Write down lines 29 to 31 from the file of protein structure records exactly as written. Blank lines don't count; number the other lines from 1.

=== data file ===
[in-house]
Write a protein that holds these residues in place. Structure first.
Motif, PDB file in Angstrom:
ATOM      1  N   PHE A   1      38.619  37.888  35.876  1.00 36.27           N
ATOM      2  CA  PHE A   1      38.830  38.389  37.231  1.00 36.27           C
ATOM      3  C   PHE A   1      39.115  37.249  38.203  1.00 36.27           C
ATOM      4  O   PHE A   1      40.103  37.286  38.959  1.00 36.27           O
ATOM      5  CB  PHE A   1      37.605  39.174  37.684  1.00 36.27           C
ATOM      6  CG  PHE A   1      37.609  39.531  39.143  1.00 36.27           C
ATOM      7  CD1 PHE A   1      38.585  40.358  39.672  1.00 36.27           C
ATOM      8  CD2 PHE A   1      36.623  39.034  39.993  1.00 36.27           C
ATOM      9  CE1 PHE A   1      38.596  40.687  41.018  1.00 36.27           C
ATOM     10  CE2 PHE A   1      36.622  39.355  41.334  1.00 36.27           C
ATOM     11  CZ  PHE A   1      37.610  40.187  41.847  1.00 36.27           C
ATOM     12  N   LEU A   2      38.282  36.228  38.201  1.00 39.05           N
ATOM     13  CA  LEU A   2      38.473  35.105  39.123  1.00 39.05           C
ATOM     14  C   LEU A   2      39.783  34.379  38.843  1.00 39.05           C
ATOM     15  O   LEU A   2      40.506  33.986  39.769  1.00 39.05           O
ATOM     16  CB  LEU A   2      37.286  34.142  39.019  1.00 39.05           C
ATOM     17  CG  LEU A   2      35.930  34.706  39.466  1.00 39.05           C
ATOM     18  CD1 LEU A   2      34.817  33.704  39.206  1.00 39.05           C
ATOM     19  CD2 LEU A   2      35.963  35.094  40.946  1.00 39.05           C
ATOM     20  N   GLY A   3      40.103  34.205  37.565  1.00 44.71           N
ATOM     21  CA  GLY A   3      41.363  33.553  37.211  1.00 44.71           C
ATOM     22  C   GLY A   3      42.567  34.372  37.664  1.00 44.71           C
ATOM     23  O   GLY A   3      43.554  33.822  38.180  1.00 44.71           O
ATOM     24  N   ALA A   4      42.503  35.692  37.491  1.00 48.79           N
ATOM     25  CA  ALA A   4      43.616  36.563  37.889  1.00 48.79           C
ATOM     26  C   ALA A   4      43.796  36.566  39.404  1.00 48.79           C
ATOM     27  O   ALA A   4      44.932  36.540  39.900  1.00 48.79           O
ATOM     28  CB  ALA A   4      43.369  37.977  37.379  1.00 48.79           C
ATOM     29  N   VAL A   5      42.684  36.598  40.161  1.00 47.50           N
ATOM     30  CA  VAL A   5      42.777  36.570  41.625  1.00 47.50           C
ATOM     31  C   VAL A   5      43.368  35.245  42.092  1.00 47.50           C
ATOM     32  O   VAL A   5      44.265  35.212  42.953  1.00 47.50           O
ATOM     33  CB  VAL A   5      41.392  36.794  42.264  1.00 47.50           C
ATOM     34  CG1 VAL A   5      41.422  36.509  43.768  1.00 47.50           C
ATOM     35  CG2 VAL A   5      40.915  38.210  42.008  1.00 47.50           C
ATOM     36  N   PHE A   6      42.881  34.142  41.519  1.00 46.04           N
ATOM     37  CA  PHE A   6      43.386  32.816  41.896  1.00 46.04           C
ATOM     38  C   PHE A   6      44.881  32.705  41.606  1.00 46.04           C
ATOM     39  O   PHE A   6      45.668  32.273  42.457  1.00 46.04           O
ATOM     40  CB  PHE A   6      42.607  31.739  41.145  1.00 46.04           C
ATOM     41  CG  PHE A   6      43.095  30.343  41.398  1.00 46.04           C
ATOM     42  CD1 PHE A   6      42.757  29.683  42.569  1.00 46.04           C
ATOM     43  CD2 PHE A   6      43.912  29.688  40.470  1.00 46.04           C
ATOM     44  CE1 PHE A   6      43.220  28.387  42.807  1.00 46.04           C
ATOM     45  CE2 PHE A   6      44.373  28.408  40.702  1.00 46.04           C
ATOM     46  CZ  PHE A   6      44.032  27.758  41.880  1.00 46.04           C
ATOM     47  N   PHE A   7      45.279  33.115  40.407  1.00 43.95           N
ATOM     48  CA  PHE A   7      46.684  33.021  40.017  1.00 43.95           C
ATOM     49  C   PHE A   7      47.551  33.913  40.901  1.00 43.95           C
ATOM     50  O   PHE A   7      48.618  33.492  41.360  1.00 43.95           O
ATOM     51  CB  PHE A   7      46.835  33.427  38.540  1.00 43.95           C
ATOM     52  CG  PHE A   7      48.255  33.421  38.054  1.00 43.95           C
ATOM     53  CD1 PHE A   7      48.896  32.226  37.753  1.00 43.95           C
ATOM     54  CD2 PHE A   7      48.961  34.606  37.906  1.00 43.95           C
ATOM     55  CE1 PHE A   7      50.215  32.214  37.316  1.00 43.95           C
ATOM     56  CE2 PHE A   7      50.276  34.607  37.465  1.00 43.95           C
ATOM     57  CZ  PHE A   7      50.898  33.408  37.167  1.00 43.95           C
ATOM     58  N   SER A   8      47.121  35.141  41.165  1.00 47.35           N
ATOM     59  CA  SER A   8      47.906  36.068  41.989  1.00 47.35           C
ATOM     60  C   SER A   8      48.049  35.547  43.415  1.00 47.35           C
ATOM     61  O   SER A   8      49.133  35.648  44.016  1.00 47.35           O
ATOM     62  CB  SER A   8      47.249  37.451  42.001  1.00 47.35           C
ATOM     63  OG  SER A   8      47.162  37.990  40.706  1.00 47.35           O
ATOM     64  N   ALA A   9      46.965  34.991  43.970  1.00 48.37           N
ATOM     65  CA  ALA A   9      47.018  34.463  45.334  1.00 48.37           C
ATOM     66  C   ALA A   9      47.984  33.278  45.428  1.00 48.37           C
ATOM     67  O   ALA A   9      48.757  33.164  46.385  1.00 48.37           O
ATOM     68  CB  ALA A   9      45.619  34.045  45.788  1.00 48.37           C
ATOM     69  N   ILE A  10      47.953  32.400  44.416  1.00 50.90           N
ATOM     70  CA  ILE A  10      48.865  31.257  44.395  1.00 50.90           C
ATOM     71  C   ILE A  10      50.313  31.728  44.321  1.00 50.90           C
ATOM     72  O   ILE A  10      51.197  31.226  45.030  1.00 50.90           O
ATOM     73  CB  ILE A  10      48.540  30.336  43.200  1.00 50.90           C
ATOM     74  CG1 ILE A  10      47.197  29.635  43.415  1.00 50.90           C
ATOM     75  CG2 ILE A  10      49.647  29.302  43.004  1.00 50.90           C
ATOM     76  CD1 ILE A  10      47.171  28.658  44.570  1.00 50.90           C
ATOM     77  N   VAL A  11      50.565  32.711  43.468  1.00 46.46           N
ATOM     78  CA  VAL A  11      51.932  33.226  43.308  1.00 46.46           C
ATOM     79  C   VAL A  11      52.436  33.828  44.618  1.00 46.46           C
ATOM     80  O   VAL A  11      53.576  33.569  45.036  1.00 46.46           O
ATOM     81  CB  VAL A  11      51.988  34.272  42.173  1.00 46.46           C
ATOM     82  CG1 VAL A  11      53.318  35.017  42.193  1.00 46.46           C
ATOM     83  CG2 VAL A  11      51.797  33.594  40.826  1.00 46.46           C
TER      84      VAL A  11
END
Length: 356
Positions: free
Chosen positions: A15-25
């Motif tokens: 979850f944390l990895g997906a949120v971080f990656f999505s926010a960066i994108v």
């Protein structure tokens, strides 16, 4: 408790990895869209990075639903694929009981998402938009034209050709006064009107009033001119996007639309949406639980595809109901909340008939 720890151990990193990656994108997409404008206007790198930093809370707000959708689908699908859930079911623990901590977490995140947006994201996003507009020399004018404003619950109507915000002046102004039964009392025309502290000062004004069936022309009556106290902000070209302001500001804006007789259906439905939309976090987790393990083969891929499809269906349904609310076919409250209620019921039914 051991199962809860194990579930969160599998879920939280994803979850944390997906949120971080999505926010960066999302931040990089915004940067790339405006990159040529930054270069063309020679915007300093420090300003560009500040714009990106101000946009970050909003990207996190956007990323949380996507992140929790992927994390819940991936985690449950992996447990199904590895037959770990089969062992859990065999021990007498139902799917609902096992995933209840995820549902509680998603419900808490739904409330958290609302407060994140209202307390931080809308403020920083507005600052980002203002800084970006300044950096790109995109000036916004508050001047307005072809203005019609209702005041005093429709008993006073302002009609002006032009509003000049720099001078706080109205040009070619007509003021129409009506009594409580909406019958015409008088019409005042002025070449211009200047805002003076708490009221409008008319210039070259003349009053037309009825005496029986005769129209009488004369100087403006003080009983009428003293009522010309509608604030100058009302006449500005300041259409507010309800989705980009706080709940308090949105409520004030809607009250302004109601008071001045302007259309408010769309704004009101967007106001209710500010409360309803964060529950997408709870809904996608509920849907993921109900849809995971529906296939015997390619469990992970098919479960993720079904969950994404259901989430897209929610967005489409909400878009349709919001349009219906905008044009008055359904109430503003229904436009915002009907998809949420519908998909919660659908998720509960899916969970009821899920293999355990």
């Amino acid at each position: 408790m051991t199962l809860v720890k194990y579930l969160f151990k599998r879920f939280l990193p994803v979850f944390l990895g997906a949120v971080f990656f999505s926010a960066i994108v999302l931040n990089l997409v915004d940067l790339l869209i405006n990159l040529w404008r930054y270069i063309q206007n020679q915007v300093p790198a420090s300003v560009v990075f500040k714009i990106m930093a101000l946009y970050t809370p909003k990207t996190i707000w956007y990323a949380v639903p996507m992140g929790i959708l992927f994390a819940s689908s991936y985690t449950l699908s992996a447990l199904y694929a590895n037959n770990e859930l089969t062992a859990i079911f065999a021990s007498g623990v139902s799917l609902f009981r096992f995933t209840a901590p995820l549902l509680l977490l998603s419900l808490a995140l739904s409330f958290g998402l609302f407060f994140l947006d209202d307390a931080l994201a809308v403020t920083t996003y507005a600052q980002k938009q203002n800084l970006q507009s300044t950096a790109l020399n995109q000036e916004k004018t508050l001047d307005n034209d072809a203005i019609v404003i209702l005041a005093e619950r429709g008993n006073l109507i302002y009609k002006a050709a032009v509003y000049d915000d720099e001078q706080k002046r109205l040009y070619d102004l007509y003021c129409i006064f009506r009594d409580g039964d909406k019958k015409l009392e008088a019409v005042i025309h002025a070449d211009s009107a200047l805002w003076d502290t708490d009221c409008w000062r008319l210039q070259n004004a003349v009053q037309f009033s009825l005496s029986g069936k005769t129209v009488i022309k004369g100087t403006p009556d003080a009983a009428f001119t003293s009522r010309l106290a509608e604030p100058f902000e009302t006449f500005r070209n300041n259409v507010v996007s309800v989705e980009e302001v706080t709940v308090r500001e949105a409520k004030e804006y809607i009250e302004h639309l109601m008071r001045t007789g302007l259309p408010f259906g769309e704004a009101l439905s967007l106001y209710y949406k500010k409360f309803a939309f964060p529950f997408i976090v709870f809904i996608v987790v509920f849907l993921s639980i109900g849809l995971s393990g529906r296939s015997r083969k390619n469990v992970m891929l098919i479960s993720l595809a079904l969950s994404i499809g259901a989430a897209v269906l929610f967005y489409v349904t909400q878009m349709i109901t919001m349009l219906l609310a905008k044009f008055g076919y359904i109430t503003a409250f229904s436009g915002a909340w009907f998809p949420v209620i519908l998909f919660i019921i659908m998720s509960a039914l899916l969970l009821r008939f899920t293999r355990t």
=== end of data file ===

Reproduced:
ATOM     26  C   ALA A   4      43.796  36.566  39.404  1.00 48.79           C
ATOM     27  O   ALA A   4      44.932  36.540  39.900  1.00 48.79           O
ATOM     28  CB  ALA A   4      43.369  37.977  37.379  1.00 48.79           C